Cooperative Automated Transportation (CAT)

Cooperative Automated Transportation

Roadway safety in a cooperative automated world

Highway automation is not years away, or even days away. It’s here now, causing a number of state transportation agencies to react with initiatives related to preparing and supporting Connected Automated Vehicles (CAVs) on U.S. roadways.

Connected and Automated Vehicles (CAVs)

Cooperative Automated Transportation (CAT) deals with CAVs, which are vehicles capable of driving on their own with limited or no human involvement in navigation and control. Per the definition adopted by the National Highway Traffic Safety Administration (NHTSA), there are six levels of automation (Levels 0-2: driver assistance and Levels 3-5: HAV), each of which requires its own specification and marketplace considerations.

Vehicle-to-Everything (V2X) and Connected and Automated Vehicles (CAVs)

For traffic safety, vehicle-to-everything communications is the wireless exchange of critical safety and operational data between vehicles and anything else. The "X" could be roadway infrastructure, other vehicles, roadway workers or other safety and communication devices. ATSSA members are at the forefront of these technologies, and are working with stakeholders across new industries to see these innovations come to life.

Sensor Technology

CAVs rely on three main groups of sensors: camera, radar, and Light Detection and Ranging (LIDAR). The camera sensors capture moving objects and the outlines of roadway devices to get speed and distance data. Short- and long-range radar sensors work to detect traffic from the front and the back of CAVs. LIDAR systems produce three-dimensional images of both moving and stationary objects.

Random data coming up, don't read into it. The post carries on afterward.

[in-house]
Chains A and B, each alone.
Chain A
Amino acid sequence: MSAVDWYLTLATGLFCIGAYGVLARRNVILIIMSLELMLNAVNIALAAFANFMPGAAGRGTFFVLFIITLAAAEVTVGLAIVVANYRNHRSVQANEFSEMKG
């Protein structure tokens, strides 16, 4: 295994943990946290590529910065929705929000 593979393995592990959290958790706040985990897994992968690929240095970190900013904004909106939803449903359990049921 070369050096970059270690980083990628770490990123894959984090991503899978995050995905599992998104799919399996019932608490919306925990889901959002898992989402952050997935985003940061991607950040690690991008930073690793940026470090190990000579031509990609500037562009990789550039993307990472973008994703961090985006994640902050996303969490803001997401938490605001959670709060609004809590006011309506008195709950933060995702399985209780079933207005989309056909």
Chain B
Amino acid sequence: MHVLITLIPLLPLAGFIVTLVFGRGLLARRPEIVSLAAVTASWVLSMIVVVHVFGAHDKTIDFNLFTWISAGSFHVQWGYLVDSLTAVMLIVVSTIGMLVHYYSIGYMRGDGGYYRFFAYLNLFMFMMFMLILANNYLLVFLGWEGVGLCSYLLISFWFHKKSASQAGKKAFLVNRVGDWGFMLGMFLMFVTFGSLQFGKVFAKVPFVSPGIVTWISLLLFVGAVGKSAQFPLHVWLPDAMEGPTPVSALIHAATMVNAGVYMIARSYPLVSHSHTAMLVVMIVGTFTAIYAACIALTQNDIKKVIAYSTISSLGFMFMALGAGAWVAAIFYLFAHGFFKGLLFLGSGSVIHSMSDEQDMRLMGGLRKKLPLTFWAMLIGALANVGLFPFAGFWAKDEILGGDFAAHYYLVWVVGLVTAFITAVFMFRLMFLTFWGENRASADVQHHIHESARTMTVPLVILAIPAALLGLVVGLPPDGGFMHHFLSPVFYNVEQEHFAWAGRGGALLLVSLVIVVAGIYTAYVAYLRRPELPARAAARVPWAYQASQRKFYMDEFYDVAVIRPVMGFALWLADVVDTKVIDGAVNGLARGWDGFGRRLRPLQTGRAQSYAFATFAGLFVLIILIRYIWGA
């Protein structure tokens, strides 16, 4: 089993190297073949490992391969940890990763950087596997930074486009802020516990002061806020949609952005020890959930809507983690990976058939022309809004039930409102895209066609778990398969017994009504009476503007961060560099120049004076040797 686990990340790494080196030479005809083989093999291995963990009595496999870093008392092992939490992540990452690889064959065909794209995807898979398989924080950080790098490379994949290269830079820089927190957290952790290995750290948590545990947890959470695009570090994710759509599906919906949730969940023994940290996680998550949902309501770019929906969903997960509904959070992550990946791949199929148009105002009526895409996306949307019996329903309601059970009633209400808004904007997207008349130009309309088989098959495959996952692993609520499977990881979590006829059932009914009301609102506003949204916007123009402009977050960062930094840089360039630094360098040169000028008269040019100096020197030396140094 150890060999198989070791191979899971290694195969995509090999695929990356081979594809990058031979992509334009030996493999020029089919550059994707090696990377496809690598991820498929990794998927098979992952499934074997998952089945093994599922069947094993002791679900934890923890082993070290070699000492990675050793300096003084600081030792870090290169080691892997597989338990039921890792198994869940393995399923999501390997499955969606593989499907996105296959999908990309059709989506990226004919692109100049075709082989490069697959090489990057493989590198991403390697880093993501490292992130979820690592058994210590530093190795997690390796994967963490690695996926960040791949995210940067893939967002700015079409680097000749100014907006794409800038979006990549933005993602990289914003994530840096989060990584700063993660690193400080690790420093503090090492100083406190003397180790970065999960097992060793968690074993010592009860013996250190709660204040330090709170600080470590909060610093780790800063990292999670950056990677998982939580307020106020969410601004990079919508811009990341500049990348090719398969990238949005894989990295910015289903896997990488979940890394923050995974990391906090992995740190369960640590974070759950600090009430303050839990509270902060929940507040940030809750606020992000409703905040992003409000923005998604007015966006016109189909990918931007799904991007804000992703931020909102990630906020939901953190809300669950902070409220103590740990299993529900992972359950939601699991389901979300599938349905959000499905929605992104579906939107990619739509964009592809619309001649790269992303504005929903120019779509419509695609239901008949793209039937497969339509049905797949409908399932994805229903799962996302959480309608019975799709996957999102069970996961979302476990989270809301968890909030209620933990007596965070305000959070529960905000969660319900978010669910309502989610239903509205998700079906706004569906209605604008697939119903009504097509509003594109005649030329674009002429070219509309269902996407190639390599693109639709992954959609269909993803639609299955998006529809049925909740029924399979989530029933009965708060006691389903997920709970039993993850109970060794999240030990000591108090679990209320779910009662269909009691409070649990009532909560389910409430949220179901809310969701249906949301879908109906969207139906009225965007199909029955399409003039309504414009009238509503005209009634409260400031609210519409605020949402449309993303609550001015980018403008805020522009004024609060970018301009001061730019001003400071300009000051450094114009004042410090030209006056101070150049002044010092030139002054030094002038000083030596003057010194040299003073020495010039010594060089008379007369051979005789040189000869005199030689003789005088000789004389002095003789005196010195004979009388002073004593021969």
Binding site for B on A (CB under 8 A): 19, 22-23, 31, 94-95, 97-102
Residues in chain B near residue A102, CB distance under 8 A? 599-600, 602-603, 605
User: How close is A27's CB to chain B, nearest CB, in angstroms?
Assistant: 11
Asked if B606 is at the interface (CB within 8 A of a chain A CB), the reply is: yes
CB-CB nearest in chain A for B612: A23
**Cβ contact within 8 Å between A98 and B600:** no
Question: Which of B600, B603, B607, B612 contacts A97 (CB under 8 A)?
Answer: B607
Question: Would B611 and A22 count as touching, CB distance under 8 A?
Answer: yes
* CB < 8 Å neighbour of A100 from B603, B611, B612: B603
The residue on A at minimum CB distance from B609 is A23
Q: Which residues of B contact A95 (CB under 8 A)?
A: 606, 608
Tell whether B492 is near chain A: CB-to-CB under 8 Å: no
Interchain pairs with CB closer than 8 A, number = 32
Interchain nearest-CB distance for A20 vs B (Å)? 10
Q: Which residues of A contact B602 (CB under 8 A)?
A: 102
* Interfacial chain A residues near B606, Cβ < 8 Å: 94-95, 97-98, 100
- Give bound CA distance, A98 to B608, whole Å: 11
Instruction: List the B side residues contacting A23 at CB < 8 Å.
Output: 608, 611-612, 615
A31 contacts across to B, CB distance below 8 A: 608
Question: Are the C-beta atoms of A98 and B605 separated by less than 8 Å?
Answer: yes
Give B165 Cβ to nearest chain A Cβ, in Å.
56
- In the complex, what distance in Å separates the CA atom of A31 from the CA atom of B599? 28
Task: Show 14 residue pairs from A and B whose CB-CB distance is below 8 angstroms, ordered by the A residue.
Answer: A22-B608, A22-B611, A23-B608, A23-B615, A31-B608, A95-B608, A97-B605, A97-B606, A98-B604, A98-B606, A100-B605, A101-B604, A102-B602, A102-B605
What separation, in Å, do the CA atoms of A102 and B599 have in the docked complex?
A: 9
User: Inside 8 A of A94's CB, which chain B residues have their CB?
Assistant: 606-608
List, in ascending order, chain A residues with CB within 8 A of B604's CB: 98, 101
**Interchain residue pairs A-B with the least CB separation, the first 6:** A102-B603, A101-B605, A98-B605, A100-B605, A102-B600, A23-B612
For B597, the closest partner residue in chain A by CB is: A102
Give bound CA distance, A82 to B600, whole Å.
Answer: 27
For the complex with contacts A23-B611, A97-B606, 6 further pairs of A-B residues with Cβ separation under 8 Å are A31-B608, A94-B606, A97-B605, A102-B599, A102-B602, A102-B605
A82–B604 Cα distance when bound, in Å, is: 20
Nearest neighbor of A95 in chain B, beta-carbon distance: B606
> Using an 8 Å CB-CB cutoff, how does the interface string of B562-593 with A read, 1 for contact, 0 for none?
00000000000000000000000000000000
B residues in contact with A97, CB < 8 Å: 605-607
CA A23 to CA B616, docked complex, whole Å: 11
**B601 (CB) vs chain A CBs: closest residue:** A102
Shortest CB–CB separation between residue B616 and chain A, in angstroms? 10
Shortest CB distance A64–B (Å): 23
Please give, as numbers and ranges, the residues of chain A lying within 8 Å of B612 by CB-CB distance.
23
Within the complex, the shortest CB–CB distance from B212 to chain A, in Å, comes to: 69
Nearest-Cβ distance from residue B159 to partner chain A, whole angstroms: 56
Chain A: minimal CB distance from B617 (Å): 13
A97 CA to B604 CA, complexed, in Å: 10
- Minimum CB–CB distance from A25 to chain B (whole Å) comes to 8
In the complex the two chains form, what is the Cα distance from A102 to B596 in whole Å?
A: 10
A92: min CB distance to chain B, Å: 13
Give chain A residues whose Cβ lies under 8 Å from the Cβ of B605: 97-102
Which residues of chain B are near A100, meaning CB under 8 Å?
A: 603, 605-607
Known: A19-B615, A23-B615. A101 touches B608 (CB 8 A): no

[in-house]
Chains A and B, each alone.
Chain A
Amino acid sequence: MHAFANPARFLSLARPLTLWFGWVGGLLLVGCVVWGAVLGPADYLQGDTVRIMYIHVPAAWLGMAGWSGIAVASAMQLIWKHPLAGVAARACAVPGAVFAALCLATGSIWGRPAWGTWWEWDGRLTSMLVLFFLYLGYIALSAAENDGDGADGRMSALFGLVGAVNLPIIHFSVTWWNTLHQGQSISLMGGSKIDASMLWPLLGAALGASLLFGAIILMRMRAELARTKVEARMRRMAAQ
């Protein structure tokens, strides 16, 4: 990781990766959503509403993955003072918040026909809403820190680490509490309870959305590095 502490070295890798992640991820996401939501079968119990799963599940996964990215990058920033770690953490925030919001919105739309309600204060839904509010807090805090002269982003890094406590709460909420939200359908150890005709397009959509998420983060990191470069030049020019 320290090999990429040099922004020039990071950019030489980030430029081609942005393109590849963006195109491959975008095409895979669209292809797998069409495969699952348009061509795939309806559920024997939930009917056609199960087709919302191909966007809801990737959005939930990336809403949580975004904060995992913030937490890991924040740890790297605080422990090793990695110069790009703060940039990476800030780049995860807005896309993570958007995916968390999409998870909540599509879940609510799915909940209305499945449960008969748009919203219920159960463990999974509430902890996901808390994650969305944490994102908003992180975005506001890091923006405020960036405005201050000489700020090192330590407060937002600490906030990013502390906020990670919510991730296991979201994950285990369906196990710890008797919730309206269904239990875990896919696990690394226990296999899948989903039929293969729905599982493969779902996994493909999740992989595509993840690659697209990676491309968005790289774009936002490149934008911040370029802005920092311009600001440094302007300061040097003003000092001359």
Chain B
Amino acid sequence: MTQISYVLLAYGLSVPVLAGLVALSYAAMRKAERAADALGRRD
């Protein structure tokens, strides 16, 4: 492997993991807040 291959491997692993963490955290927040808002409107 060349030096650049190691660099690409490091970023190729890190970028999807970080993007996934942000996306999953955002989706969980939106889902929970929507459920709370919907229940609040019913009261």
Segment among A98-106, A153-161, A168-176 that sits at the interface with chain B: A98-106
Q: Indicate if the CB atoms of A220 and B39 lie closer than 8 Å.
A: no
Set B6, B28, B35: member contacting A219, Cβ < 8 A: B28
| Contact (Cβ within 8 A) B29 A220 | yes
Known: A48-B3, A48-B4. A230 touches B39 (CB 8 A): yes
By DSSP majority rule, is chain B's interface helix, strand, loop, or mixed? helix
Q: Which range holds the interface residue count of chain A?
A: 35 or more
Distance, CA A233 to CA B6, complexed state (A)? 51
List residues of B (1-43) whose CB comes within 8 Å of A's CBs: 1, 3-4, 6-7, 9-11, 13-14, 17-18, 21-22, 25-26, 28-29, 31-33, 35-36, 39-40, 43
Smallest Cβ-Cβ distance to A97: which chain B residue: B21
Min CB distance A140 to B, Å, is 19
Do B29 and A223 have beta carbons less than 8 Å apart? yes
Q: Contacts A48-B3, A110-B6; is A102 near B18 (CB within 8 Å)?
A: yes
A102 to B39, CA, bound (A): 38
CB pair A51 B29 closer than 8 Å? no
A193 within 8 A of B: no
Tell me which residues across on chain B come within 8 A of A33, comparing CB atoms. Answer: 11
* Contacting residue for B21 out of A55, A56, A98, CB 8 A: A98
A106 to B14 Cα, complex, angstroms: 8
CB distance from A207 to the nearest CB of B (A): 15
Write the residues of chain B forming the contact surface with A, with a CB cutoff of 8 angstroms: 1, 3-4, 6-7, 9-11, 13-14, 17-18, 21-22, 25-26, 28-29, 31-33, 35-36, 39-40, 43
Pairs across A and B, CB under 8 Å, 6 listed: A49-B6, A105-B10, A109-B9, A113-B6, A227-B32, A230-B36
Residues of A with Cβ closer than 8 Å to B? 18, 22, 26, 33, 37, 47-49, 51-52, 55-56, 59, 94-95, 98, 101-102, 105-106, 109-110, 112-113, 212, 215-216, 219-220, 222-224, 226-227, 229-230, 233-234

For more information about ATSSA’s efforts on CAT and CAV’s and their interaction with our member products check out the resources below.


The Foundation seeks applicants for Experience Camps Travel Scholarship program
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The Foundation seeks applicants for Experience Camps Travel Scholarship program

Experience Camps Travel Scholarship program to cover round-trip travel expenses to help children coping with loss

(Fredericksburg, Va.) - The American Traffic Safety Services Foundation (ATSSF) is now offering travel scholarships for eligible children to attend Experience Camps.

Experience Camps, a non-profit started in Maine in 2009, offers camps geared toward supporting children of various ages that are coping with grief caused by the loss of a loved one, and to build a support group of young individuals who are undergoing similar challenges.

The Foundation’s mission is to support injured or fallen roadway workers and their families, and to further that goal the non-profit has created the Experience Camps Travel Scholarship program. The scholarship program will cover the round-trip travel expenses for the week-long free camp for eligible children who have lost a parent, sibling, or caregiver in a roadway work zone accident.

Selected children would have their round-trip travel covered for themselves and a guardian (if applicable) to attend any of the four camp locations in the U.S.

The Foundation Manager Lori Diaz is currently seeking eligible children across the country who would like to attend the camp, to apply for the scholarship program.

“The camps give children the opportunity to share their experiences with others who have suffered a similar loss,” Diaz said. “The Foundation supporters and ATSSA members can be part of this too, by simply helping to identify a family who would benefit from such a healing, everlasting experience. We encourage eligible applicants to apply by the July first deadline and to reach out to us with any questions.”

Contact The Foundation Manager, Lori Diaz, for more information about the 2018 Experience Camps Travel Scholarship Program and the application, which can be found at The application deadline is July 1. To learn more about Experience Camps, visit

The American Traffic Safety Services Association (ATSSA) is a proud supporter of The Foundation.

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